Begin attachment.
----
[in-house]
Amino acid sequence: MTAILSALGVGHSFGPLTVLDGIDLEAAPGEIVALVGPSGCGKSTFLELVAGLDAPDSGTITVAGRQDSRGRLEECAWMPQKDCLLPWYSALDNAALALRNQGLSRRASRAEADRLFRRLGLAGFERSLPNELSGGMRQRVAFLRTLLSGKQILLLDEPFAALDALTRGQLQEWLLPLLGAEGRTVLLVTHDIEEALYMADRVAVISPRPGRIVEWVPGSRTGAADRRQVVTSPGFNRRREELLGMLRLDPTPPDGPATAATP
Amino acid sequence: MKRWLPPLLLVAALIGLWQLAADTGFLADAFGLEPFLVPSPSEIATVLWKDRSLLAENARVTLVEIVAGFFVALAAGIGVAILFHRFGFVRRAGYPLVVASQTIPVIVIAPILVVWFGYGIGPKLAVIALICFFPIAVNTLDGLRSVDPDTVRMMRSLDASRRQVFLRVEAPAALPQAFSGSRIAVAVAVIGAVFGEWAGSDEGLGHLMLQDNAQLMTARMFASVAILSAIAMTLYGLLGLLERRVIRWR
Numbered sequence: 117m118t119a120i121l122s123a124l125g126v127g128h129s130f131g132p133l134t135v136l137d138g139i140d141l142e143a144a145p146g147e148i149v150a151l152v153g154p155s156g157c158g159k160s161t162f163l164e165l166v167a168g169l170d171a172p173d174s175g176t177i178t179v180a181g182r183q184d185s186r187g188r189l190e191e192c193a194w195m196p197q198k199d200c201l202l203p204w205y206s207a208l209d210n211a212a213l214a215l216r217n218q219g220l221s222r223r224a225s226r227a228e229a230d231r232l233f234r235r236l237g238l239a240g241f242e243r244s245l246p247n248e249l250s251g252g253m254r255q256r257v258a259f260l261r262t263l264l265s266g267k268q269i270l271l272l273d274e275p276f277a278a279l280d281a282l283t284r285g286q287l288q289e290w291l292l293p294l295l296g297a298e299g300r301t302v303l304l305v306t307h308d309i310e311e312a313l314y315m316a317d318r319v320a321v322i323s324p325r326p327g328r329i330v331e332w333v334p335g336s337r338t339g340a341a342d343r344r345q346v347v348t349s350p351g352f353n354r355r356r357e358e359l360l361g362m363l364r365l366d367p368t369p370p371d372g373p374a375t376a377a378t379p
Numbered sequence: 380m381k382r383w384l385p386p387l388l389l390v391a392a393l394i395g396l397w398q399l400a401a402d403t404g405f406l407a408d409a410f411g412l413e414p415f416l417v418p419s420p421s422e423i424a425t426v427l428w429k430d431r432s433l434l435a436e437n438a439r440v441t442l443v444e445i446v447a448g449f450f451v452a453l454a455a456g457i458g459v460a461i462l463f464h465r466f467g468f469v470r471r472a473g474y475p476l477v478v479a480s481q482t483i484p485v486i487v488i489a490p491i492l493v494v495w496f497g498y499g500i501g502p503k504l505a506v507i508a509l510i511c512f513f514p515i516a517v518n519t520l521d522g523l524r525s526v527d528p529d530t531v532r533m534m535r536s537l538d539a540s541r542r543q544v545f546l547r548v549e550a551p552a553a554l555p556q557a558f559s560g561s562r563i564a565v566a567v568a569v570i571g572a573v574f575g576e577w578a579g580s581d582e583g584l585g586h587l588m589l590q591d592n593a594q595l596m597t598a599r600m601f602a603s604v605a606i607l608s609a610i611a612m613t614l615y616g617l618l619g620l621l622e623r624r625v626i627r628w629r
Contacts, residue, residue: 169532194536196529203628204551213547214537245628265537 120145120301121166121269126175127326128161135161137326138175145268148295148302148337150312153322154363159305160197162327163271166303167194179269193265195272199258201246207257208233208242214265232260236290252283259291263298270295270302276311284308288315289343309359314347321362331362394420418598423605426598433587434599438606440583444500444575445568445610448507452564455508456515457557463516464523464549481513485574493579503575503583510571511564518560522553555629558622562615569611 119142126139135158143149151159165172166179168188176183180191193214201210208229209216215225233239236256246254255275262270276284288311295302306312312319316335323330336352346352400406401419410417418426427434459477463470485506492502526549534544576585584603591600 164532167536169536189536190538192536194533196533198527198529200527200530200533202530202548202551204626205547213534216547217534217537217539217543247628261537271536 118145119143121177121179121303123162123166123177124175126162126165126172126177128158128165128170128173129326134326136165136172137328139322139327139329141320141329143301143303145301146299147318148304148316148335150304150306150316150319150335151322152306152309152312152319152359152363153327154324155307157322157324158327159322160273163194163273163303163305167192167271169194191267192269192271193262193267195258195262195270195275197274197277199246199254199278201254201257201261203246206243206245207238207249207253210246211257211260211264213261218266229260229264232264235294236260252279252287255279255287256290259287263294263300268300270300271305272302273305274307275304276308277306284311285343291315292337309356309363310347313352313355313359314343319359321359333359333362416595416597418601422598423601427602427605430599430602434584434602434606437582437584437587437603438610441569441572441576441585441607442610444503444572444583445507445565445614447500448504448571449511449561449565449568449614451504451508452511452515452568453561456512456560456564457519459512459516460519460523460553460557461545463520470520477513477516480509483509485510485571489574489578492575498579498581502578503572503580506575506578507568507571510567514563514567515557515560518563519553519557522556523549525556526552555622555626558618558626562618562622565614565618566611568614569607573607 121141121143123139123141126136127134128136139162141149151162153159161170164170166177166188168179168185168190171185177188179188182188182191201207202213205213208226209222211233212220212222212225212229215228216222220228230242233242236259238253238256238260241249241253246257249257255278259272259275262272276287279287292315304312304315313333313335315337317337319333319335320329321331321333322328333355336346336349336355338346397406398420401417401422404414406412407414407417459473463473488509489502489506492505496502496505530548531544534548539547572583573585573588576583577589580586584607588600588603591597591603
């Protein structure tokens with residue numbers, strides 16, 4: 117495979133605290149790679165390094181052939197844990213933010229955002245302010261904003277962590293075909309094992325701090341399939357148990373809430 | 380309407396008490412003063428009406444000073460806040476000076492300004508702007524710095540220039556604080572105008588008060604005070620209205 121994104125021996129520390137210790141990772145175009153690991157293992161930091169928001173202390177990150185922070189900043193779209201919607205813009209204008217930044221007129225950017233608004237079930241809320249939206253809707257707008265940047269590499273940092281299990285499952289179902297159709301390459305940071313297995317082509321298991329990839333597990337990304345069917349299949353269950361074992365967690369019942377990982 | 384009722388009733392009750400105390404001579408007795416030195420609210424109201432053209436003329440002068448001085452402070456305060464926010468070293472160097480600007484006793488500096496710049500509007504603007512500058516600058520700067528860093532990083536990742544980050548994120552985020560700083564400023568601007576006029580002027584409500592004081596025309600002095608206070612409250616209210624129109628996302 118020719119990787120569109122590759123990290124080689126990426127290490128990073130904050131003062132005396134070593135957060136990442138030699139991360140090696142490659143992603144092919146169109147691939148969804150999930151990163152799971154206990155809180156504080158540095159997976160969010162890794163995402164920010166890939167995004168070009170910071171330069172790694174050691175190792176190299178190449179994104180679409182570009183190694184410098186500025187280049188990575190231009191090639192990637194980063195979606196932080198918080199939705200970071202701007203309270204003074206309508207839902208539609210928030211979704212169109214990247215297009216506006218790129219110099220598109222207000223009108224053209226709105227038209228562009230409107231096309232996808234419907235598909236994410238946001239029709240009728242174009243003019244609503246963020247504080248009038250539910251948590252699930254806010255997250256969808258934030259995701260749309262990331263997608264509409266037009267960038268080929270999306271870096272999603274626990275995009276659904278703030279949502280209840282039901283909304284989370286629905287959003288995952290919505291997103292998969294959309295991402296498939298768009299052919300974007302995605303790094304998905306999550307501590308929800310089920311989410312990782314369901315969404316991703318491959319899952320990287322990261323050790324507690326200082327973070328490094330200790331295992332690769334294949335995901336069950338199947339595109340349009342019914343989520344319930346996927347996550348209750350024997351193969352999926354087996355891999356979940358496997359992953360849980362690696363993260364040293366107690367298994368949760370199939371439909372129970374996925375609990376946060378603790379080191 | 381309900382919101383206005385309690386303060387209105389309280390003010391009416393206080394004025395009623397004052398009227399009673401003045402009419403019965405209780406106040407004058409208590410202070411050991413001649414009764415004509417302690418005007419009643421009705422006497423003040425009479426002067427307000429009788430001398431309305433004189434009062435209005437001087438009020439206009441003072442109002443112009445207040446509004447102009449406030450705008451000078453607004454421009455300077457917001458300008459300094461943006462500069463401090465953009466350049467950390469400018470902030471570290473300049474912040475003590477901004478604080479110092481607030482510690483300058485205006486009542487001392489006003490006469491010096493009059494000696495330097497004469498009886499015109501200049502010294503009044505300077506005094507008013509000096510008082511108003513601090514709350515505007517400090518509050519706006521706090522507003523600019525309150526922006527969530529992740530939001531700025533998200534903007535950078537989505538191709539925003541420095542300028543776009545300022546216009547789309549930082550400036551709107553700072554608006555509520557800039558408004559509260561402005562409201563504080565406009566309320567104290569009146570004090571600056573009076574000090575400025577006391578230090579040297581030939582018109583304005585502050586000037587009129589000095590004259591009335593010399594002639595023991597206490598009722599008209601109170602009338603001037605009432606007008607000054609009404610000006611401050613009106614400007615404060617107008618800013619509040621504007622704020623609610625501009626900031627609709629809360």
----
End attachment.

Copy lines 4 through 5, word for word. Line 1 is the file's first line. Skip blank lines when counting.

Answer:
Numbered sequence: 117m118t119a120i121l122s123a124l125g126v127g128h129s130f131g132p133l134t135v136l137d138g139i140d141l142e143a144a145p146g147e148i149v150a151l152v153g154p155s156g157c158g159k160s161t162f163l164e165l166v167a168g169l170d171a172p173d174s175g176t177i178t179v180a181g182r183q184d185s186r187g188r189l190e191e192c193a194w195m196p197q198k199d200c201l202l203p204w205y206s207a208l209d210n211a212a213l214a215l216r217n218q219g220l221s222r223r224a225s226r227a228e229a230d231r232l233f234r235r236l237g238l239a240g241f242e243r244s245l246p247n248e249l250s251g252g253m254r255q256r257v258a259f260l261r262t263l264l265s266g267k268q269i270l271l272l273d274e275p276f277a278a279l280d281a282l283t284r285g286q287l288q289e290w291l292l293p294l295l296g297a298e299g300r301t302v303l304l305v306t307h308d309i310e311e312a313l314y315m316a317d318r319v320a321v322i323s324p325r326p327g328r329i330v331e332w333v334p335g336s337r338t339g340a341a342d343r344r345q346v347v348t349s350p351g352f353n354r355r356r357e358e359l360l361g362m363l364r365l366d367p368t369p370p371d372g373p374a375t376a377a378t379p
Numbered sequence: 380m381k382r383w384l385p386p387l388l389l390v391a392a393l394i395g396l397w398q399l400a401a402d403t404g405f406l407a408d409a410f411g412l413e414p415f416l417v418p419s420p421s422e423i424a425t426v427l428w429k430d431r432s433l434l435a436e437n438a439r440v441t442l443v444e445i446v447a448g449f450f451v452a453l454a455a456g457i458g459v460a461i462l463f464h465r466f467g468f469v470r471r472a473g474y475p476l477v478v479a480s481q482t483i484p485v486i487v488i489a490p491i492l493v494v495w496f497g498y499g500i501g502p503k504l505a506v507i508a509l510i511c512f513f514p515i516a517v518n519t520l521d522g523l524r525s526v527d528p529d530t531v532r533m534m535r536s537l538d539a540s541r542r543q544v545f546l547r548v549e550a551p552a553a554l555p556q557a558f559s560g561s562r563i564a565v566a567v568a569v570i571g572a573v574f575g576e577w578a579g580s581d582e583g584l585g586h587l588m589l590q591d592n593a594q595l596m597t598a599r600m601f602a603s604v605a606i607l608s609a610i611a612m613t614l615y616g617l618l619g620l621l622e623r624r625v626i627r628w629r